It does, however, make perfect sense if the Israeli aim was to destroy once and for all any prospect of negotiations with Palestinian militants. For Abu Shanab was the architect of the Hamas ceasefire. Somewhat unusually for a leading member of Hamas, an organisation which generally indulges in fiery Arab nationalist rhetoric about ‘freeing’ all Palestine ‘from the river to the sea’, Abu Shanab was on public record as advocating a two-state solution to the Israel-Palestine question.

While the official line of Hamas is to continue fighting until Israel is destroyed and replaced with a Palestinian islamic state, Abu Shanab talked openly of accepting a two-state solution - at least for the time being.

“Let’s be frank,” he told the Jerusalem Post, “we cannot destroy Israel. The practical solution is for us to have a state alongside Israel. When we build a Palestinian state, we will not need these militias. All the needs for attack will stop. Everything will change into a civil life.”

Interviewed by Ted Koppel of the American ABC News channel in June, he insisted that Palestinians were willing to stop all kinds of violence in exchange for an Israeli withdrawal. Surprisingly, perhaps, he looked towards the US to facilitate that process.

The Israeli regime responded to such reportage with the cynical comment that “As a group, as a leadership of a terrorist organisation, beyond individual differences they are all responsible and participating in the planning” - which of course is generally true for armed organisations of whatever stripe (The Guardian August 22). This ‘the only good one is a dead one’ ethos only makes sense if the Sharon regime is itself utterly opposed to any two-state solution.

In reality, its programme is one of creating the political conditions for getting rid of the Arab inhabitants of the occupied territories altogether. In this context, such measures as the building of the ‘security wall’ - effectively annexing outright to Israel considerable chunks of West Bank land in the name of keeping out ‘terrorists’ - looks like only the start. Settlements beyond the wall will continue - no doubt the wall will be moved as appropriate to annex more and more Palestinian territory. Thus, towards the ‘road map’, there is very little diplomatic ambiguity left in the stance of the Israelis. Sharon has effectively buried it, and there is little that Bush can do about that other than echoing Israeli denunciation of Hamas for ‘terrorism’.

Communists welcome the seeming collapse of the ‘road map’ as at least an exercise in some honesty. It was always obvious that, for all their democratic pretensions and their talk about ‘human rights’, the imperialists are not remotely interested in equal rights or justice for the Palestinians, least of all a viable Palestinian state with real political independence and freedom of action.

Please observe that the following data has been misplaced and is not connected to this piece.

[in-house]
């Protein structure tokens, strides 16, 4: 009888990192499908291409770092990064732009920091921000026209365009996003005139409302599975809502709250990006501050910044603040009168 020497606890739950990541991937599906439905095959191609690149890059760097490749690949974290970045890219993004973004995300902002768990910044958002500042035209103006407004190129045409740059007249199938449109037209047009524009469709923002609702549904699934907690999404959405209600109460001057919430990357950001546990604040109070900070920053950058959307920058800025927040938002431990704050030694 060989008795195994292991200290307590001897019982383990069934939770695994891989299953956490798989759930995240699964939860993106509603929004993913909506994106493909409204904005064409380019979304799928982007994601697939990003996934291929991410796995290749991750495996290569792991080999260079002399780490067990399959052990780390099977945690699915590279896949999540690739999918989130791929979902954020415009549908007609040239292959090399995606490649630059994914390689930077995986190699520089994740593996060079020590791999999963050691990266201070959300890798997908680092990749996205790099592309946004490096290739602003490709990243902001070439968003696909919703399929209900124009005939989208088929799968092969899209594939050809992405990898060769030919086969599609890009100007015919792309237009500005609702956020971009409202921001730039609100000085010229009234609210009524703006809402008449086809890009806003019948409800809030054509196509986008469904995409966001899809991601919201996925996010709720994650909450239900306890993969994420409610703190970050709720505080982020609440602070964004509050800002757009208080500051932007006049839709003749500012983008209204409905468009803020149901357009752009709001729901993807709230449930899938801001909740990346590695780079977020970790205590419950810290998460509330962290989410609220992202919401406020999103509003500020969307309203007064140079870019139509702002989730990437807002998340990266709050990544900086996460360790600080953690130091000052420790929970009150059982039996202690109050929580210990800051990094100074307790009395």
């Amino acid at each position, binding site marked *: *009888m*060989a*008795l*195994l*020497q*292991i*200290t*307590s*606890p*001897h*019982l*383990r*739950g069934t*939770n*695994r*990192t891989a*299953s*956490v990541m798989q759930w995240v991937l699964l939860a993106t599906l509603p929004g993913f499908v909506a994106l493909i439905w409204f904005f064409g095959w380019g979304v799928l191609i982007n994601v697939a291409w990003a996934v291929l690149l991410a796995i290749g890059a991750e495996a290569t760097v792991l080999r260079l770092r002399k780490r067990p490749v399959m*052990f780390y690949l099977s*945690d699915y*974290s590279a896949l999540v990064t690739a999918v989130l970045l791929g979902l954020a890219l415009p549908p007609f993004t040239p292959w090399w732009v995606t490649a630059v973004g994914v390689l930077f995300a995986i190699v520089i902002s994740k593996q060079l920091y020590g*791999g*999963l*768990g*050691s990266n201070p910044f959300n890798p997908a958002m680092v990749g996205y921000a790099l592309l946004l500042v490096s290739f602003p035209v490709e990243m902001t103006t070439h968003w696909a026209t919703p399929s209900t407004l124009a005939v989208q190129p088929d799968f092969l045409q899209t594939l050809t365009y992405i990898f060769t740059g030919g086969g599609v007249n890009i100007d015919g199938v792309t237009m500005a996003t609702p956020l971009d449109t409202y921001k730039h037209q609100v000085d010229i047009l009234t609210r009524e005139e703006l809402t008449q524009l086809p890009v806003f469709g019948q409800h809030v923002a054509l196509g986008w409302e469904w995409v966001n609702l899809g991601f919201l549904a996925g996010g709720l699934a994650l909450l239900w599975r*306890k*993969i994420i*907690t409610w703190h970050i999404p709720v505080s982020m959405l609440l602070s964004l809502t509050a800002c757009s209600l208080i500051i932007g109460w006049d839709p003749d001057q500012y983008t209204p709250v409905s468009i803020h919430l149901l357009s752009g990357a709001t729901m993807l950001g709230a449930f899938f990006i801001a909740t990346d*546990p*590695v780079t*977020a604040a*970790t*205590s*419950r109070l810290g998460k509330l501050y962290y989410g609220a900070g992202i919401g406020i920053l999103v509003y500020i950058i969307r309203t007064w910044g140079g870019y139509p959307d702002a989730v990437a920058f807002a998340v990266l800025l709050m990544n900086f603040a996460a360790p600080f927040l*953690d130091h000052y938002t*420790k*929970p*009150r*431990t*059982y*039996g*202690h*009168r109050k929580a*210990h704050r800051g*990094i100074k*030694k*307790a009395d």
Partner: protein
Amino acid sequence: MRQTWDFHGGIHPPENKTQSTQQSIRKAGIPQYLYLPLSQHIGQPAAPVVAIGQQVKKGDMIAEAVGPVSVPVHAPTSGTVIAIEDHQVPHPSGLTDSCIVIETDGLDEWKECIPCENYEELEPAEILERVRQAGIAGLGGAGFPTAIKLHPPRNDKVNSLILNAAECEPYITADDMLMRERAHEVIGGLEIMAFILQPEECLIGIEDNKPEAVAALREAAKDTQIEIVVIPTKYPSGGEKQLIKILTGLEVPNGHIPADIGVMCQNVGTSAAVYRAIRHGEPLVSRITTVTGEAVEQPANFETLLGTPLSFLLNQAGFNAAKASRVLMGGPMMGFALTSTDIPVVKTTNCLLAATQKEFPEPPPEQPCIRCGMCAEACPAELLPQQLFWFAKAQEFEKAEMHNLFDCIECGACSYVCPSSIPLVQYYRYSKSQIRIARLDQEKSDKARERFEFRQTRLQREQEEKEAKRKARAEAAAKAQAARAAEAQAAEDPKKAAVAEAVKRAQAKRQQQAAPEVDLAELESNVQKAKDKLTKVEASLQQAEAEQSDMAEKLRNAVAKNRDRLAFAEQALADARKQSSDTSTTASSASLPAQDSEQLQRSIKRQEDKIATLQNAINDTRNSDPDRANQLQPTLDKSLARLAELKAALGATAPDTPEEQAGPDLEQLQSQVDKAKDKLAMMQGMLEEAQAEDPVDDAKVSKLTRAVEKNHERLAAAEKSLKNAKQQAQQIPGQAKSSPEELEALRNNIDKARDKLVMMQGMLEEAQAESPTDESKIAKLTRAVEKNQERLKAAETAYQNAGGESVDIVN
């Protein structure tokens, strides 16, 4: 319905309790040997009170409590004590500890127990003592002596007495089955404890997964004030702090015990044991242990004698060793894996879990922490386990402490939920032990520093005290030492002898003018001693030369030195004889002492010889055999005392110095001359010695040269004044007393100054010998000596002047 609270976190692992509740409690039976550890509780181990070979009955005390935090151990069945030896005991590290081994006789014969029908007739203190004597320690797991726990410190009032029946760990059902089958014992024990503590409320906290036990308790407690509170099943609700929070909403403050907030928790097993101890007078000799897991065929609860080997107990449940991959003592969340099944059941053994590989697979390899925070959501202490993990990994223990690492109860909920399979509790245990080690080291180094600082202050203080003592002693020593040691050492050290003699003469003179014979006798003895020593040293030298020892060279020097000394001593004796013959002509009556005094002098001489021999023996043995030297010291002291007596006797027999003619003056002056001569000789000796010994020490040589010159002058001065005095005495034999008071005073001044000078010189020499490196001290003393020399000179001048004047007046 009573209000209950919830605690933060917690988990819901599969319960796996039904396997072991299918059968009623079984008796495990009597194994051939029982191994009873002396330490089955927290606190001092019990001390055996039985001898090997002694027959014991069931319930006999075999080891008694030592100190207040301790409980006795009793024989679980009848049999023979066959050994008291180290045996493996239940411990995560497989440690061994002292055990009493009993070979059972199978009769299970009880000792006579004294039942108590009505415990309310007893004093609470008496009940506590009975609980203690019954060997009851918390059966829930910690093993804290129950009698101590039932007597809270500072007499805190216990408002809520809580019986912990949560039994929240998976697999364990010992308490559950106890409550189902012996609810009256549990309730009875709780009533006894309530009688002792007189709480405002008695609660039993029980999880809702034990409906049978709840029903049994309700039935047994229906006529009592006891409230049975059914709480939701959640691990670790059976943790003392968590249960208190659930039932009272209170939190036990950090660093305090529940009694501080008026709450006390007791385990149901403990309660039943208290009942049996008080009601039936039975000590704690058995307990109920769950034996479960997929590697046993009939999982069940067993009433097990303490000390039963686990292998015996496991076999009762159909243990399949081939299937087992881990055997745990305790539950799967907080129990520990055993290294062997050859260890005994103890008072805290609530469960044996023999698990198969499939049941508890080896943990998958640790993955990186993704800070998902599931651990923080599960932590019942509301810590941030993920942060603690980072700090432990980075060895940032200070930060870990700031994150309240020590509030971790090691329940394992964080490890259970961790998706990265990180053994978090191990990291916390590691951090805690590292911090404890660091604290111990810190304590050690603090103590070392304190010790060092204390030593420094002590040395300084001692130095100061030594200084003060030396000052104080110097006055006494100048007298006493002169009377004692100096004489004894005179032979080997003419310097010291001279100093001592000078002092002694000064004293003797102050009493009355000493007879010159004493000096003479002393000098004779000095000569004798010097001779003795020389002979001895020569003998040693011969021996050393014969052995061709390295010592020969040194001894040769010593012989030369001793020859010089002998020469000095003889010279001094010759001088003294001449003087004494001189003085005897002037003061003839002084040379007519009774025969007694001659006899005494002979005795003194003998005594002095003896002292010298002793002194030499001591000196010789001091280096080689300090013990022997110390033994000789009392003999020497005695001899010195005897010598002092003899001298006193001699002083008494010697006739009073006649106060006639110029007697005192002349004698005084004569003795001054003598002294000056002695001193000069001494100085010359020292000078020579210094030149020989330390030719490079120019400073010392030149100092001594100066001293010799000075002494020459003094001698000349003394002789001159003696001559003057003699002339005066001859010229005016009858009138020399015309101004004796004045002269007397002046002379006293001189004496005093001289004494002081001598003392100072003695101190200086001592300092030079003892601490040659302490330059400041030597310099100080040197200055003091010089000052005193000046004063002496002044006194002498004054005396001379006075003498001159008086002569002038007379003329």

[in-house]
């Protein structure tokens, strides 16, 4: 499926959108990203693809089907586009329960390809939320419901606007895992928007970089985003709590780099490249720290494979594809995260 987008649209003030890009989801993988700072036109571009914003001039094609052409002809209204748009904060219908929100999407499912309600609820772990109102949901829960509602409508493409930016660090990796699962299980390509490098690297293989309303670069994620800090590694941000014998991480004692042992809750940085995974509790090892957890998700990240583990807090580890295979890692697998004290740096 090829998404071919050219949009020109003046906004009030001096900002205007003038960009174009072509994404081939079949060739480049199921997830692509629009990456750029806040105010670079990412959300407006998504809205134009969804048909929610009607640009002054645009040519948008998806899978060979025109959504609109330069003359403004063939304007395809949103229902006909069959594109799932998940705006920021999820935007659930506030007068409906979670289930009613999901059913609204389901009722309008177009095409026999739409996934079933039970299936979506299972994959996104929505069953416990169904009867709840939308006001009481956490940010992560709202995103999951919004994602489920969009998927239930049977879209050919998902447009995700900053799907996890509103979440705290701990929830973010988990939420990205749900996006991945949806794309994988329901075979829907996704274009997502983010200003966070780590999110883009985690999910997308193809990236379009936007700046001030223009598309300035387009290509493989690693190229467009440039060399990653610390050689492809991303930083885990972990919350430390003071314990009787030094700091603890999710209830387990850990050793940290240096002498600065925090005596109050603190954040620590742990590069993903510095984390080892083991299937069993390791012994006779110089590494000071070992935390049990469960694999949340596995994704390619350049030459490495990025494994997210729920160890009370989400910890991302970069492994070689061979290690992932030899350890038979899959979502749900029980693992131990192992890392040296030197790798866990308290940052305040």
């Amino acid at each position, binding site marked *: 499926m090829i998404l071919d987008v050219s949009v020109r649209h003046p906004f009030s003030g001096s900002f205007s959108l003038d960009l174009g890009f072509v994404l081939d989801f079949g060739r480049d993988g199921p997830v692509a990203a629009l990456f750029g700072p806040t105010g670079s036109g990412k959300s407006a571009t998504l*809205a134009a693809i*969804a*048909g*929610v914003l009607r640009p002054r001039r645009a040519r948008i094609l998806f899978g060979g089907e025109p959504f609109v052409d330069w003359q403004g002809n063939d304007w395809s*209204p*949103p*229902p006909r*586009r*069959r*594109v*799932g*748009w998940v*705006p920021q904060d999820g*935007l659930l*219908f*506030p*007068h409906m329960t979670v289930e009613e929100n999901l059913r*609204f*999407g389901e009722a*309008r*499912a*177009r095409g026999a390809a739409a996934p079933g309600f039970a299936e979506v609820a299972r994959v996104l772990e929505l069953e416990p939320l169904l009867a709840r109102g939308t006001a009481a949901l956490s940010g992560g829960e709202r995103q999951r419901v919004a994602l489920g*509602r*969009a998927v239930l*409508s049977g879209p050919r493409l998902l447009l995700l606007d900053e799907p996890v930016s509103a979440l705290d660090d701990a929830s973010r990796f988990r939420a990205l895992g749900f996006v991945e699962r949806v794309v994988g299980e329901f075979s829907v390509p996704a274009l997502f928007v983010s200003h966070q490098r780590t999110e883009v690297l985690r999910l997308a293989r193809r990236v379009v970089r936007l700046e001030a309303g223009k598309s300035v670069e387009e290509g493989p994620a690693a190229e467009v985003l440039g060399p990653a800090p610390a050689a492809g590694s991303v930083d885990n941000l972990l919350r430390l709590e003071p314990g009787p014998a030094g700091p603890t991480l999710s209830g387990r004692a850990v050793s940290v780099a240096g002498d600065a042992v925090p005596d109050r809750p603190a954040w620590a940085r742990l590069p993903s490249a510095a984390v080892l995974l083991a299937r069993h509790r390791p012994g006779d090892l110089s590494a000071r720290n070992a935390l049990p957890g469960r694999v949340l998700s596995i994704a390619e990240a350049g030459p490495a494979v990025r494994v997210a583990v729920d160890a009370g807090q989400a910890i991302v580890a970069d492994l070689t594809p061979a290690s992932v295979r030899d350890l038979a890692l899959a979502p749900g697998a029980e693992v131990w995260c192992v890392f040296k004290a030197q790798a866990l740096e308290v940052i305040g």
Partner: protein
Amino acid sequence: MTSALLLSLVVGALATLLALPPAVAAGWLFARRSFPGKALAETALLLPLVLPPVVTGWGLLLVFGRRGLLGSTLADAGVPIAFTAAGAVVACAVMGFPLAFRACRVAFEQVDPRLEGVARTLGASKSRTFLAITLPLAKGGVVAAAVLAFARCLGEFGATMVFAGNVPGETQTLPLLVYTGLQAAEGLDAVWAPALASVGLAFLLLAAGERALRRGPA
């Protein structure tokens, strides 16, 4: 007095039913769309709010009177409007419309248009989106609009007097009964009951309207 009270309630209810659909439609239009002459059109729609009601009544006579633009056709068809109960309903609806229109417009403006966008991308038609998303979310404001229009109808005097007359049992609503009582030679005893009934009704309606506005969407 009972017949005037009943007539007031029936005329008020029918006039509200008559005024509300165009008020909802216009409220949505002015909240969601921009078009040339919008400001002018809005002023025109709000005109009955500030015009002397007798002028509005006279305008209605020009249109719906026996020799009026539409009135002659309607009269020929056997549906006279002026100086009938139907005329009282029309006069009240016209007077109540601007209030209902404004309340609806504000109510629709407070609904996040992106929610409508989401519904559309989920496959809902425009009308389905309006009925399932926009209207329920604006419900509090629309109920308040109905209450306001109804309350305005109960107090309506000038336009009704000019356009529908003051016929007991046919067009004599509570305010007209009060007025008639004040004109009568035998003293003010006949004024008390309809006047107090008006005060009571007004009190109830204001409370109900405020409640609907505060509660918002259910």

In reality, the programme of two states is a transitional, democratic demand that belongs to a programme of the working class: a concrete step towards the dissolution of the murderous national hatreds and antagonisms to which the Zionist project has given birth in the Middle East. The fact that even elements of Hamas stand higher than the Zionists on the terrain of democracy speaks volumes for the reactionary, oppressive and predatory nature of Zionism as a political programme.

Hamas is a mutant-nationalist organisation whose ‘charter’ contains a fair-sprinkling of mumbo-jumbo hosannas to allah, as well as a peculiar combination of fairly accurate denunciations of the Nazi-like treatment of Arabs by Israel. But it also contains citations from the anti-semitic tsarist tract The protocols of the elders of Zion, together with claims that Arabs have fallen victim to the imaginary conspiracies laid out in that reactionary and libellous forgery.

The latter belief is a sign above all of the backwardness that Zionist oppression has bequeathed to many on the receiving end of its terror and abuse - this piece of irrational demonology was a commonly held belief among the European bourgeoisie before World War II, not simply among the followers of Hitler. Now it is utterly discredited - except among many victims of Israeli terror. Though even the ‘from the river to the sea’ Hamas ‘charter’ calls for toleration of all religions (including Judaism) under a ‘liberated’ islamic Palestine, the growth of such reactionary beliefs among the victims of Israel only gives emphasis to Trotsky’s prediction that the Zionist project would create a death-trap for Jews.

The only road to liberation for the Arabs, and to real peace and security for the Jewish population of Israel also, lies through the crystallisation of a class axis of struggle in the Middle East. This concretely will involve Israeli and Arab workers struggling to uphold each other’s rights to equality and nationhood - with of course the bulk of the onus being on the Israeli workers, given that ‘their’ state is a monstrous oppressor of the Palestinians.

This must involve a rebirth of a genuine communist movement among both peoples, and complete class independence from all the various treacherous schemes periodically hatched by the imperialists, the Israelis - and indeed the various local reactionary Arab regimes as well.